01. Service With A Smile (2:45)
02. Morning Sun (4:05)
03. Ibby It Is (7:53)
04. Steaming Pipes (5:25)
05. Wind Up Doll Day Wind (7:09)
06. Open Book (4:54)
07. I Forgot To Push It (3:08)
08. The Moon, I Sing (Nossuri) (6:18)
- Stanley Whitaker / 6 and 12 string guitars, vocals
- Frank Wyatt / pianos, harpsichord, saxes, flute, words
- Kit Watkins / pianos, harpsichord, Moog, fake strings, clavinet, 33, recorder
- Rick Kennell / bass
- Ron Riddle / drums, percussion
1977 was the year for live performances for Happy The Man.While not often the first name on stage, they were lucky enough to support bands such as Foreigner, Renaissance and Hot Tuna, bringing them in front of large crowds and helping their popularity.At the end of the year drummer Mick Beck left the band and was replaced by Ron Riddle.By the spring of 1978 material for a new album was prepared and they visited the Chateau Recorders in North Hollywood, California, again with Ken Scott on the producer chair.The new work ''Crafty hands'' was released later in the year.
The material of Happy The Man could be split in two styles throughout the album.First come the structures around a slight mid-70's GENESIS influence and, while the music is largely instrumental (only one track contains vocals), they appear to share the same taste for elaborate and refined arrangements with electroacoustic changes and dreamy, symphonic keyboards on tracks containing plenty of variations.Very smooth, but always competetive and intricate stuff, led by some nice Moog synth moves.The other side of the band explores the more complex nature of Progressive Rock with the GENTLE GIANT and VAN DER GRAAF GENERATOR influences dominating the arrangements.However they did have a character of their own, because it was not very common at the time to place some powerful sax lines next to an emerging synth-based enviroment.Sounds strange for a combination, but these guys were talented enough to deliver extremely well-crafted music with symphonic and Fusion vibes, based on shifting tempos and changing climates, while the atmosphere of the album ranges from romantic soundscapes to dramatic and dark textures.Some good interplays and a fair instrumental richness would eventually carry the album on the top of 78' Prog releases.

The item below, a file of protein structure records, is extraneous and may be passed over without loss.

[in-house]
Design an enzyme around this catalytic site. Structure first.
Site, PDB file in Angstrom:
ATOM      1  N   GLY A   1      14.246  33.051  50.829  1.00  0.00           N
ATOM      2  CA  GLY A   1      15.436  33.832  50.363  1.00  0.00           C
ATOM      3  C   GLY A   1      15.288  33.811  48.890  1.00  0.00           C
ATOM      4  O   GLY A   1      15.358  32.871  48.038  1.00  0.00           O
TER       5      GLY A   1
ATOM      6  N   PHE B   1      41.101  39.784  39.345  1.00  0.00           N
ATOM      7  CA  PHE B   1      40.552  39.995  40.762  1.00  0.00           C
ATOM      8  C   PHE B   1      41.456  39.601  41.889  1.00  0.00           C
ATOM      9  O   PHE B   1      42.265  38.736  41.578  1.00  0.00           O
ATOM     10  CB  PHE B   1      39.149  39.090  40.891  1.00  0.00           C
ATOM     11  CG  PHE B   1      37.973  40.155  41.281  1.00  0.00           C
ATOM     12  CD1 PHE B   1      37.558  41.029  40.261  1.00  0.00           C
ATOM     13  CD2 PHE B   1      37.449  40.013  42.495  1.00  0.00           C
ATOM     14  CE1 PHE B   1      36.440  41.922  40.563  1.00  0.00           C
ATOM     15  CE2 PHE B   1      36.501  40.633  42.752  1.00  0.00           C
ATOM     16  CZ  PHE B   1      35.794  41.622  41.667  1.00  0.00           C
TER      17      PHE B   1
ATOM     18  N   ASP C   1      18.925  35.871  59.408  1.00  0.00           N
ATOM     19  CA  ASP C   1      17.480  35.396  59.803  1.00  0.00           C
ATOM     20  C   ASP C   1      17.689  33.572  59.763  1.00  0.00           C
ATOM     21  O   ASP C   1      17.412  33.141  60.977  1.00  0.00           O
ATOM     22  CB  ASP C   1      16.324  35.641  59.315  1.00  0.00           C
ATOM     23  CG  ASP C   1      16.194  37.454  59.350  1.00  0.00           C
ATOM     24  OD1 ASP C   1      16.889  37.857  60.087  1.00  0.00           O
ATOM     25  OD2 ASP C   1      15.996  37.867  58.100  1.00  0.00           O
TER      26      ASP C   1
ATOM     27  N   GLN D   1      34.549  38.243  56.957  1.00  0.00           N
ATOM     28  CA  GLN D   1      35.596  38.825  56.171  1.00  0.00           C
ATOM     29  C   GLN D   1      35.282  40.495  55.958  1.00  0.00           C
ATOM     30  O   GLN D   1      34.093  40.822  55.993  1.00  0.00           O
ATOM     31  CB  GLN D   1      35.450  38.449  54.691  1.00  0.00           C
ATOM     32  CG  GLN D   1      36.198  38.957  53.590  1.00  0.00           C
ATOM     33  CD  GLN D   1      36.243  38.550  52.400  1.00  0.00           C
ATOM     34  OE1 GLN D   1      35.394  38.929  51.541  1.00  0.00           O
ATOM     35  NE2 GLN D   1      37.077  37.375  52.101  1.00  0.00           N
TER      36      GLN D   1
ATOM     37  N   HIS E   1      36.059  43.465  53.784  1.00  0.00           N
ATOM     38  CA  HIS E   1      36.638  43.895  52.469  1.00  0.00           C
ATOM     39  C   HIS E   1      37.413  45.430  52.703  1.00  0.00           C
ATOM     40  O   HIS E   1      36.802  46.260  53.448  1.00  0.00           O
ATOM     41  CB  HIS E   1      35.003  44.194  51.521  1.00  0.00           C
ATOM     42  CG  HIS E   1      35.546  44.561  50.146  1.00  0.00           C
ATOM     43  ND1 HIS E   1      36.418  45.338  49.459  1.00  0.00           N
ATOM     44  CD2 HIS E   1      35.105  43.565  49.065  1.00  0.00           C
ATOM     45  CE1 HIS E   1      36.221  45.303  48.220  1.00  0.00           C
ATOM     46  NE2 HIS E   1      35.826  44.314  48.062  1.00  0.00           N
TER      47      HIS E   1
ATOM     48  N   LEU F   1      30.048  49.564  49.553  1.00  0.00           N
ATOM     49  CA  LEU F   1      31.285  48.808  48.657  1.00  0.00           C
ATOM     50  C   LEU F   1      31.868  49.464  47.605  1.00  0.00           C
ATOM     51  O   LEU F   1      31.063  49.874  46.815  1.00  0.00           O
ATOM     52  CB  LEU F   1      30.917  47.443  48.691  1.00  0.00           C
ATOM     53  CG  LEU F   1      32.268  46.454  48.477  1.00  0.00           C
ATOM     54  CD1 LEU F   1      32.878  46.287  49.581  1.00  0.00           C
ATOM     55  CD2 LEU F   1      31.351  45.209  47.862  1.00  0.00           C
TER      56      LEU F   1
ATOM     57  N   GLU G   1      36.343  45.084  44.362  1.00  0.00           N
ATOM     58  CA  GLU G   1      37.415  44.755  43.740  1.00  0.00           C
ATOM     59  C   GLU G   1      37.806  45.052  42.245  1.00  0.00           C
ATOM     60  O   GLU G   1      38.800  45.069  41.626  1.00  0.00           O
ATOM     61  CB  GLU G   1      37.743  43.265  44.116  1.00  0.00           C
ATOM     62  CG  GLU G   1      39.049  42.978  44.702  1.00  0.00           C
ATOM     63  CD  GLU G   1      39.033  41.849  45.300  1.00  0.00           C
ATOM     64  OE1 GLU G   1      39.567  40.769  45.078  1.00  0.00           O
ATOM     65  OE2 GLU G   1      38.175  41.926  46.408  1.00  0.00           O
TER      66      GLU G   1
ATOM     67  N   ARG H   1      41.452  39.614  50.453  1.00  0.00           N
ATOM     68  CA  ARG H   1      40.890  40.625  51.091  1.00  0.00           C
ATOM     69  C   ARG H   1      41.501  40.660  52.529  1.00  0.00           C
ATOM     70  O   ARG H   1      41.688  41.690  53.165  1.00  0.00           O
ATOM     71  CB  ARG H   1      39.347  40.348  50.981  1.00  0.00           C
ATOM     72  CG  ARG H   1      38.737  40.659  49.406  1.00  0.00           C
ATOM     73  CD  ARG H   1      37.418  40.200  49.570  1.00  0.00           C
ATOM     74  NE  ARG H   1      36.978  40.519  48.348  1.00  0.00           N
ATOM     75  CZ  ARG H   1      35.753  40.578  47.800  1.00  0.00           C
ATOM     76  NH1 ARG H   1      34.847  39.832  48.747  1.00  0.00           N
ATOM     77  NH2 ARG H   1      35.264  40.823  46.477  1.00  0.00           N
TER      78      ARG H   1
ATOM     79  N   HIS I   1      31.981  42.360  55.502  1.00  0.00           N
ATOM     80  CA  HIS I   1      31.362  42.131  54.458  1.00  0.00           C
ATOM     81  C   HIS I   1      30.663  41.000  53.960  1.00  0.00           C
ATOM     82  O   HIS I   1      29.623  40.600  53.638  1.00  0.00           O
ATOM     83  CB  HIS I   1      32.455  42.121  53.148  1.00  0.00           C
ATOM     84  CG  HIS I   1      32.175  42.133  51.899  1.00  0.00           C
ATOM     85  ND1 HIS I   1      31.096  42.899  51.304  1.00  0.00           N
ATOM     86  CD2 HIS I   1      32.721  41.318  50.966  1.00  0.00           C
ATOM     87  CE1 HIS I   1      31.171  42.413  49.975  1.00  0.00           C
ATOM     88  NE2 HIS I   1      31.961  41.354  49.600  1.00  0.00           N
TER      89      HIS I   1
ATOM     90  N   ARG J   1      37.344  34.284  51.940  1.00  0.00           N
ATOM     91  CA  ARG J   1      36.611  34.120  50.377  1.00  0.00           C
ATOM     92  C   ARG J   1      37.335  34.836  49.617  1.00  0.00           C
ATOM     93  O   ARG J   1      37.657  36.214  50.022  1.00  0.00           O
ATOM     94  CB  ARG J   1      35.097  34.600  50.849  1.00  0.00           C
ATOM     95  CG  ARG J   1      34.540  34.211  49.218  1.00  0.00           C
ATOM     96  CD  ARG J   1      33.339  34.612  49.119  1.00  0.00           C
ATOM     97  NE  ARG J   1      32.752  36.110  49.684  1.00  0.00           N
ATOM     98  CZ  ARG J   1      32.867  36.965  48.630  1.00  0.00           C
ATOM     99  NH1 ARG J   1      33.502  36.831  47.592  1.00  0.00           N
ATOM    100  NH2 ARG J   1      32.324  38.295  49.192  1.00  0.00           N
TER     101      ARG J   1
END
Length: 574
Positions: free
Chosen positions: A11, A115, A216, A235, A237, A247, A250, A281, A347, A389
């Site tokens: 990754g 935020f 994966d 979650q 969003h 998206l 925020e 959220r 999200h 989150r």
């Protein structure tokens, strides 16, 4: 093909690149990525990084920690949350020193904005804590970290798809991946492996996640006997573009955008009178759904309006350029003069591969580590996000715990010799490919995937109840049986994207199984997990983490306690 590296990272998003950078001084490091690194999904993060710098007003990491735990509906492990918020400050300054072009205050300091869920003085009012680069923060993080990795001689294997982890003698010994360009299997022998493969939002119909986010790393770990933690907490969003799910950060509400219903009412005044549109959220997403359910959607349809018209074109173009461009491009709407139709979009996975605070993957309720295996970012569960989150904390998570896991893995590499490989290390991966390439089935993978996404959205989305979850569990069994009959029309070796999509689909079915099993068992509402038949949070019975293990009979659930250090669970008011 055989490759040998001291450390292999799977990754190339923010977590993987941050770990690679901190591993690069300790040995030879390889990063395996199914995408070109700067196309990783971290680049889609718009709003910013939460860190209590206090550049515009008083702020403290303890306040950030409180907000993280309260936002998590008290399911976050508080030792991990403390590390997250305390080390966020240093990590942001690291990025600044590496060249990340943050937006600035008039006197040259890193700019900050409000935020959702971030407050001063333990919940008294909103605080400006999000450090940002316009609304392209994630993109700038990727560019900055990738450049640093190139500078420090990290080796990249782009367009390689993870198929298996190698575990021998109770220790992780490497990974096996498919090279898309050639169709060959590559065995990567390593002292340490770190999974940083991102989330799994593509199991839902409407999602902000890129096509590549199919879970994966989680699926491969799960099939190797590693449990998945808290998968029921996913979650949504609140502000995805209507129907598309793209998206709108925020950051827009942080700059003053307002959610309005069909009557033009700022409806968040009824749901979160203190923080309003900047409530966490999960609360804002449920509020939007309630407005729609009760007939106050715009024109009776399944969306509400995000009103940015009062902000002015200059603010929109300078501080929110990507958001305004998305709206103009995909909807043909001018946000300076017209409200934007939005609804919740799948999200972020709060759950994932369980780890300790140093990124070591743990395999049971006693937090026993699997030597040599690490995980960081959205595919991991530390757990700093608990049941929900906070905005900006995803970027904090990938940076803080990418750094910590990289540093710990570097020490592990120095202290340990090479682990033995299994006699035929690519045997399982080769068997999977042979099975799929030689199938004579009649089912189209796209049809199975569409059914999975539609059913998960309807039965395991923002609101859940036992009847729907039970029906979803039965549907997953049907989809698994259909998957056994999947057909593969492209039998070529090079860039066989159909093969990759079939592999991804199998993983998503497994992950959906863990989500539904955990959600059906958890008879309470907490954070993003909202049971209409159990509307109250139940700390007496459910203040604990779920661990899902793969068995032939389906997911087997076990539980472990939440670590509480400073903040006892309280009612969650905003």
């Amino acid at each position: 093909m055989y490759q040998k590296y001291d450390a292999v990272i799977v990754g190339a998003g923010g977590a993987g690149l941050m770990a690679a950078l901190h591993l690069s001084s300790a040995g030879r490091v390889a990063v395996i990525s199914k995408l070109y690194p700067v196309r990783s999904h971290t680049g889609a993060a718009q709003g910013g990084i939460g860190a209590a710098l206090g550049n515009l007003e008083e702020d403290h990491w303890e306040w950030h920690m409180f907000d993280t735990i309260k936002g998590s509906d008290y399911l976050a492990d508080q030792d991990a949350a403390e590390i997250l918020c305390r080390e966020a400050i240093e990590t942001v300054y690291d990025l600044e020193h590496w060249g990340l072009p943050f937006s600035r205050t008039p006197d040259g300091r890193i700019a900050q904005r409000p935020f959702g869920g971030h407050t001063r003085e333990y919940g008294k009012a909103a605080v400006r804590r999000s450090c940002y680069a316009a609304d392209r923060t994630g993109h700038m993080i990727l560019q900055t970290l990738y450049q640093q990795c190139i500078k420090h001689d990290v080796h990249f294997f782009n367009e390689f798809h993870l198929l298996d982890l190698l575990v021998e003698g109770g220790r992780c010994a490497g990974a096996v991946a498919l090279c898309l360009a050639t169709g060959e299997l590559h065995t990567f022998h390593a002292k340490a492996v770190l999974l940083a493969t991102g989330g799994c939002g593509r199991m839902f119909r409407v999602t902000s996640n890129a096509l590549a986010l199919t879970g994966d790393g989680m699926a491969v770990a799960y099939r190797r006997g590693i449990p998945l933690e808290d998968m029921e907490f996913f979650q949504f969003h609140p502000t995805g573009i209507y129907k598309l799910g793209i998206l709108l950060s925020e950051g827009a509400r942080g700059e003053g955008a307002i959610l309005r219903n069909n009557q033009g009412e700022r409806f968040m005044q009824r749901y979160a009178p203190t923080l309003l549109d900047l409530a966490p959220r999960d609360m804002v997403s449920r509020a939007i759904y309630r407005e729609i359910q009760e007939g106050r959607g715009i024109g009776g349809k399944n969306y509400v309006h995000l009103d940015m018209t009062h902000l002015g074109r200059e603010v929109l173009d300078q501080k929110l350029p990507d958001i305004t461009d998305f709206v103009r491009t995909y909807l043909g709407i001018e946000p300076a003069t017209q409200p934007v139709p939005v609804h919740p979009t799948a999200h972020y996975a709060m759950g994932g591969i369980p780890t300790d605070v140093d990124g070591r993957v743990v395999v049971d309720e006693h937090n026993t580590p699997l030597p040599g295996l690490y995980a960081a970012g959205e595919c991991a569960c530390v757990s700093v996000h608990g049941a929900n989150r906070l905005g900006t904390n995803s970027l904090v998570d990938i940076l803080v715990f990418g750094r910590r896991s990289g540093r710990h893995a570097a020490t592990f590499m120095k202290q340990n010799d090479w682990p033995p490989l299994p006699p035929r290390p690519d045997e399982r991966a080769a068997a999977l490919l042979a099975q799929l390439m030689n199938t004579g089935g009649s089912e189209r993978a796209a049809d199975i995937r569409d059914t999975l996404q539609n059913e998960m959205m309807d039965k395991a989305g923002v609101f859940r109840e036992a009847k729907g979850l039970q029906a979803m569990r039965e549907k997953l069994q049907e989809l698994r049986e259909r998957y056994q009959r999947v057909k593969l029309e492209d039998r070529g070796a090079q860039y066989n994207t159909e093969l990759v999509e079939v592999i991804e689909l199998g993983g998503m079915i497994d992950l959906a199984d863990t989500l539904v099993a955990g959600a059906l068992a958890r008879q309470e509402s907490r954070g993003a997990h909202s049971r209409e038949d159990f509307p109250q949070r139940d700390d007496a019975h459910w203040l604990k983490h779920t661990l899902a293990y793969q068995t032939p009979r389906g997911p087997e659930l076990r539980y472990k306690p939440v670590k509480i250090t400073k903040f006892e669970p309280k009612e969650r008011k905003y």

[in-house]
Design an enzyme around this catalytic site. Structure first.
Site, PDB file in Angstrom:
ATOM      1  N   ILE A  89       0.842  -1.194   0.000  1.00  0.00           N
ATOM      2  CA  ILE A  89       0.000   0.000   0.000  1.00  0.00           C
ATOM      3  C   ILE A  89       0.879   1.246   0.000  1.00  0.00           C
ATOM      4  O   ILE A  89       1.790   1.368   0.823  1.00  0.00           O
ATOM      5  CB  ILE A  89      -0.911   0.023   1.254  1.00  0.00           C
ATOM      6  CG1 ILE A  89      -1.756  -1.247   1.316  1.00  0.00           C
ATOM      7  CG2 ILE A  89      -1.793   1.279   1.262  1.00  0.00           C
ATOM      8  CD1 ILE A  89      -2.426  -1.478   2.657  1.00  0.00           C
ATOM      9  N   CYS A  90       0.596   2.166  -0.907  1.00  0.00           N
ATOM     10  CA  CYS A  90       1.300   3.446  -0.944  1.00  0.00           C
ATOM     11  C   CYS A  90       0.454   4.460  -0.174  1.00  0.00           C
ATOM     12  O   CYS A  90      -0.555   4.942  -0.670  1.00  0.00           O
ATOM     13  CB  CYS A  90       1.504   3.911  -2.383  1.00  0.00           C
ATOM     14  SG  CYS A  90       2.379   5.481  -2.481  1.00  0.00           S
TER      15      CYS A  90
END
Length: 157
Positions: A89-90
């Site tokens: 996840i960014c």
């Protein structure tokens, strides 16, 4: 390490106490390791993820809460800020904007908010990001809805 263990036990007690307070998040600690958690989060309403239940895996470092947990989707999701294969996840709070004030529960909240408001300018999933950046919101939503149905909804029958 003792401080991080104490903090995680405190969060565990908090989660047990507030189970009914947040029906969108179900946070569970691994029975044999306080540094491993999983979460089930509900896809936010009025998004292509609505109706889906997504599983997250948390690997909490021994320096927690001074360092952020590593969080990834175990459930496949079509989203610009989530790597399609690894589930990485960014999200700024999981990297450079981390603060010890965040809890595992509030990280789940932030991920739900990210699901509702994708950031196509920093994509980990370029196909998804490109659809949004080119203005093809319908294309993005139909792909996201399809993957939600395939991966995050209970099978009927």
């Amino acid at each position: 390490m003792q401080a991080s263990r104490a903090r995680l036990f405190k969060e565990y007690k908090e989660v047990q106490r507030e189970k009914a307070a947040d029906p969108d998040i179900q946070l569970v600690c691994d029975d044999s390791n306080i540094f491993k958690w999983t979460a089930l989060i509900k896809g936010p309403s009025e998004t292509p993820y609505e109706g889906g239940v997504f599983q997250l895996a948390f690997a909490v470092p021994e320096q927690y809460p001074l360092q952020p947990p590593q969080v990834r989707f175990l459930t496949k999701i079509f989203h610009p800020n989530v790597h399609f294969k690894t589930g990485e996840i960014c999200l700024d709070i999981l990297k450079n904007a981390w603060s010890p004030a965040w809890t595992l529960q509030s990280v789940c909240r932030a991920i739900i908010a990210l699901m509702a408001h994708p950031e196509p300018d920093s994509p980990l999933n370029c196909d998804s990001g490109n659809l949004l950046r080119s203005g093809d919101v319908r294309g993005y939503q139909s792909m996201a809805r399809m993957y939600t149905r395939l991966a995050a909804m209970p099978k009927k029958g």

''Crafty hands'' is exactly what its title refers to.A set of hands with tricky, progressive ideas around music, somewhat unappreciated by the period of their appearance, but coming up with an intricate Symphonic Fusion affair.Strongly recommended